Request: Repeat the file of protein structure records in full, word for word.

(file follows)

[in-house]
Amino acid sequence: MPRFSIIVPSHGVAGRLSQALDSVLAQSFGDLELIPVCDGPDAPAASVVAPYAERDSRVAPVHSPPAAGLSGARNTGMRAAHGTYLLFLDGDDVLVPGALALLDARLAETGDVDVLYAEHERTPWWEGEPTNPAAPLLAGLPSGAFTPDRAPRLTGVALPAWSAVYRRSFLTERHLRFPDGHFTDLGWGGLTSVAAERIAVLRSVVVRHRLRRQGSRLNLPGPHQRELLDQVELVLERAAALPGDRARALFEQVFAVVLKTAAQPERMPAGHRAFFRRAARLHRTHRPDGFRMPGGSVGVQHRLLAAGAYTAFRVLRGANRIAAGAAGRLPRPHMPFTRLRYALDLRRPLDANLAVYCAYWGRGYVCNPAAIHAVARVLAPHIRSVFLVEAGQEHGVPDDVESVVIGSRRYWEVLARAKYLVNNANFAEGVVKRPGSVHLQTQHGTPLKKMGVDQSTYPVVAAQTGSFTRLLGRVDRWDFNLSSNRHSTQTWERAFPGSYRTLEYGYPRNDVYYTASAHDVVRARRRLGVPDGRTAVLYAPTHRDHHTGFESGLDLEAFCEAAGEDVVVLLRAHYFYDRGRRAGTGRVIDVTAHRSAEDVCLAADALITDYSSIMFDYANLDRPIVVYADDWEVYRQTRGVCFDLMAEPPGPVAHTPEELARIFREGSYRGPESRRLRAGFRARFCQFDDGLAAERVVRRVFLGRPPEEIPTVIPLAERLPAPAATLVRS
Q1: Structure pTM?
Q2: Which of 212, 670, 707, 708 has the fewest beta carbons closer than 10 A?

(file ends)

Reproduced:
[in-house]
Amino acid sequence: MPRFSIIVPSHGVAGRLSQALDSVLAQSFGDLELIPVCDGPDAPAASVVAPYAERDSRVAPVHSPPAAGLSGARNTGMRAAHGTYLLFLDGDDVLVPGALALLDARLAETGDVDVLYAEHERTPWWEGEPTNPAAPLLAGLPSGAFTPDRAPRLTGVALPAWSAVYRRSFLTERHLRFPDGHFTDLGWGGLTSVAAERIAVLRSVVVRHRLRRQGSRLNLPGPHQRELLDQVELVLERAAALPGDRARALFEQVFAVVLKTAAQPERMPAGHRAFFRRAARLHRTHRPDGFRMPGGSVGVQHRLLAAGAYTAFRVLRGANRIAAGAAGRLPRPHMPFTRLRYALDLRRPLDANLAVYCAYWGRGYVCNPAAIHAVARVLAPHIRSVFLVEAGQEHGVPDDVESVVIGSRRYWEVLARAKYLVNNANFAEGVVKRPGSVHLQTQHGTPLKKMGVDQSTYPVVAAQTGSFTRLLGRVDRWDFNLSSNRHSTQTWERAFPGSYRTLEYGYPRNDVYYTASAHDVVRARRRLGVPDGRTAVLYAPTHRDHHTGFESGLDLEAFCEAAGEDVVVLLRAHYFYDRGRRAGTGRVIDVTAHRSAEDVCLAADALITDYSSIMFDYANLDRPIVVYADDWEVYRQTRGVCFDLMAEPPGPVAHTPEELARIFREGSYRGPESRRLRAGFRARFCQFDDGLAAERVVRRVFLGRPPEEIPTVIPLAERLPAPAATLVRS
Q1: Structure pTM?
Q2: Which of 212, 670, 707, 708 has the fewest beta carbons closer than 10 A?